You can always buy your way in

by Edan Corkill

Art changes with the times, so why shouldn’t art galleries? Some say that Japan’s unique “rental gallery” system, where young artists pay hundreds of thousands of yen per week to show their work, is on its last legs. If so, is it a case of good riddance? Or does this represent the retreat of a perfectly good Japanese system in the face of a Western one?

What, exactly, does the rental in rental gallery mean?

“Forty-thousand yen per day, ¥240,000 for six days, Monday through Saturday,” reels off Mitsuko Makura, who has directed Nabis Gallery in Ginza for almost a quarter of a century. Makura says that the Nabis rental fee hasn’t changed since 1985, when the gallery, which has an area of about 50 sq. meters, first opened.

“We break even,” she reports proudly, explaining that the rental income covers all costs, including her own and one assistant’s salaries. The sale of the art is not factored into the equation because, as far as the gallery is concerned, that is not their objective.

“The rental galleries are for young artists to show new works,” Makura says, distinguishing them from what she called gasho, or art dealers, whose job she sees as being to “buy art works from artists and then sell them.”

Makura says that there were just three types of galleries in Japan when Nabis opened: art dealers, art-association galleries (where private artist associations would hold members’ only exhibitions) and rental spaces.

The rental venues were “the avant- garde,” she says. “Young artists could do anything in them.”

Generally housed in underutilized basements or pokey, windowless rooms of decades-old buildings in Ginza, the galleries allowed almost any form of creativity that could be cleaned with just a new coat of paint. Likewise, they also welcomed lively gatherings of slovenly, alcohol-drinking art students at opening parties.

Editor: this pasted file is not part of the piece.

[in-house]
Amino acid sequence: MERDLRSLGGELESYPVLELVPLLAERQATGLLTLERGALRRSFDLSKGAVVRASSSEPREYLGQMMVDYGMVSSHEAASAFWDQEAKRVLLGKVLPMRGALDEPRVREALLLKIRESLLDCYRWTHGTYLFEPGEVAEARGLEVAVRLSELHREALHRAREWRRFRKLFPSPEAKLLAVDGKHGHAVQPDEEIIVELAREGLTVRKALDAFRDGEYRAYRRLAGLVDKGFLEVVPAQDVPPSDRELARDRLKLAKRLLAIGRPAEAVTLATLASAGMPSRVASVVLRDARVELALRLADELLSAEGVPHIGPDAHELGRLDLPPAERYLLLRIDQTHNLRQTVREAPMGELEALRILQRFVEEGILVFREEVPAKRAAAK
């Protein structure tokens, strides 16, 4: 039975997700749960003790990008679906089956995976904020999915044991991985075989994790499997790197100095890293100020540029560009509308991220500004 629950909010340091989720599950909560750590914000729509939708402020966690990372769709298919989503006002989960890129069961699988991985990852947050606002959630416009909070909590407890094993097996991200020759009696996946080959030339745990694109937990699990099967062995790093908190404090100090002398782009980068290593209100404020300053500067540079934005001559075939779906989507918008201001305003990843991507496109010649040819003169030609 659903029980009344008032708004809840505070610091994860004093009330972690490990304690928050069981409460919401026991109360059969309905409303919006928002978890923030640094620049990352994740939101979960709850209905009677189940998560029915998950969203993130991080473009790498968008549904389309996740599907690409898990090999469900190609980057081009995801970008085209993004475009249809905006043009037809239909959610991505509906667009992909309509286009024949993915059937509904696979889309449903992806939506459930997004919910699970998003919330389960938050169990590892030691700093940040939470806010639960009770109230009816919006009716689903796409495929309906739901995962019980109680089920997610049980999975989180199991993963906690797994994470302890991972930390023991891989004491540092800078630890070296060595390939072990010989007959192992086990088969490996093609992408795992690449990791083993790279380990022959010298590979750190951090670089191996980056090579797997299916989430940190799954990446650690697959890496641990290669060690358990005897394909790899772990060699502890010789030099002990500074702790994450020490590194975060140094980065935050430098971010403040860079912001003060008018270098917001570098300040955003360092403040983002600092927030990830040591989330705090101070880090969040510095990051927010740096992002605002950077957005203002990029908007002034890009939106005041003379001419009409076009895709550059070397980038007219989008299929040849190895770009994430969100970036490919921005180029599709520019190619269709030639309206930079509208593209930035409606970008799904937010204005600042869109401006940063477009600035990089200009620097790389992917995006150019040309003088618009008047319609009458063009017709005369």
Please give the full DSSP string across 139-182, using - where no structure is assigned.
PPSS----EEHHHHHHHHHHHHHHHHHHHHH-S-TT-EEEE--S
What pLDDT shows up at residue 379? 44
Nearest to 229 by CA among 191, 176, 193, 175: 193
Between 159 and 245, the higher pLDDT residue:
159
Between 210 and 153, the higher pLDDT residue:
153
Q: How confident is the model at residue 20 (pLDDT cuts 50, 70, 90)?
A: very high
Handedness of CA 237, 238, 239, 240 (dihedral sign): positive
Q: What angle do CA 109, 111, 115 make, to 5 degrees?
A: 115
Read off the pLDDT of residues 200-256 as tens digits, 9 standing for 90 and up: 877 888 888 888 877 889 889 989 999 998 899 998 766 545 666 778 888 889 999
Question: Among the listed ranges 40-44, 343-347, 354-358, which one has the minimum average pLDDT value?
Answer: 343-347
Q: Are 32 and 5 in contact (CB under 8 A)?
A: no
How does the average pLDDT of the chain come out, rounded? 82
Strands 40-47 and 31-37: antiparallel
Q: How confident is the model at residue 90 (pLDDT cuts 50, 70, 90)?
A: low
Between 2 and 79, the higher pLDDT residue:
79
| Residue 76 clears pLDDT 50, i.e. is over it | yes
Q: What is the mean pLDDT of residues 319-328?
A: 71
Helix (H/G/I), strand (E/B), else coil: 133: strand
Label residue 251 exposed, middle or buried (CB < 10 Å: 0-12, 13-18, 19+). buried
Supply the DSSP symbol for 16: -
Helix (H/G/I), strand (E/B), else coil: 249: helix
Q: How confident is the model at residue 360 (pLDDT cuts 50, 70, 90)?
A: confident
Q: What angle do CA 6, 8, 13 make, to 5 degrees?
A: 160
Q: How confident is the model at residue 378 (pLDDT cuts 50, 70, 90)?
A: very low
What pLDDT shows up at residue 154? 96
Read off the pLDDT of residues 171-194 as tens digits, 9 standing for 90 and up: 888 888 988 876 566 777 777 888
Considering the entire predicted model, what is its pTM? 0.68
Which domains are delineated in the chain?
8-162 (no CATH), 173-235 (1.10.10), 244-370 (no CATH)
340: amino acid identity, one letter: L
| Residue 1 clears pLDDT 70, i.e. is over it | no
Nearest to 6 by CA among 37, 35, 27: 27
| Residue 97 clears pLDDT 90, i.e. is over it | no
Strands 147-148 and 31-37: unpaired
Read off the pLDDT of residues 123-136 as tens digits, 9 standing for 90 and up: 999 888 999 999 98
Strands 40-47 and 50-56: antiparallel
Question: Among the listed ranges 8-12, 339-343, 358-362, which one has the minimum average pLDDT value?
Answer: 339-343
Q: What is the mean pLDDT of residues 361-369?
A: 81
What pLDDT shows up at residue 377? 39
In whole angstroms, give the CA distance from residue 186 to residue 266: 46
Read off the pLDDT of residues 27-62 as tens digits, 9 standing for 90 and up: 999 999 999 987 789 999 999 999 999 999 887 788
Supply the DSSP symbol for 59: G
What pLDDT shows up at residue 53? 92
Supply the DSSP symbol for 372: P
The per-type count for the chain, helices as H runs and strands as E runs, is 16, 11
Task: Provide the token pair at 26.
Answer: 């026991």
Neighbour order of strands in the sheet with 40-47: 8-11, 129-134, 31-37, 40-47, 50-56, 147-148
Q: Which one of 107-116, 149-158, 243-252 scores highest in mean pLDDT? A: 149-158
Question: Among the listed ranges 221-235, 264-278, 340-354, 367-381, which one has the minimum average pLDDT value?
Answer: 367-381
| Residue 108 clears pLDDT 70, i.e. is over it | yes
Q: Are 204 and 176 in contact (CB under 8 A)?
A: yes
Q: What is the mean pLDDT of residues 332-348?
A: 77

“Drinking in bars was expensive then,” recalls Makura. Thus in the ’60s, when the rental galleries first emerged, spaces like Tokiwa Gallery would turn into full- fledged drinking dens where students could chat with artists.

But, just as the relocation of many art universities out to the suburbs made it nearly impossible for students to drop by Ginza for a drink, so too have other social changes dulled the gloss of these rental venues.

“Twenty years ago, young artists had no way of knowing art critics, and they didn’t have a press list,” says Makura. “They didn’t know how to make a postcard to publicize their shows. We would do those things for them.”

E-mail, desktop publishing and the Internet, she notes, have changed all that.

A wave of redevelopments in Ginza has also seen many of the area’s old buildings demolished and redeveloped. Many galleries moved out, and others closed shop completely, as Tokiwa did in ’98.

“Of course, the more galleries disappear from Ginza, the more difficult it is to attract people,” Makura laments, concluding that “the age of the rental galleries is probably coming to an end.”

If it does, artists like Tsuyoshi Ozawa and Masato Nakamura, who came of age in the ’90s, will not be among the mourners. They thought the system unfairly put the financial burden of a social good (showing art) on the people least capable of bearing it: the artists.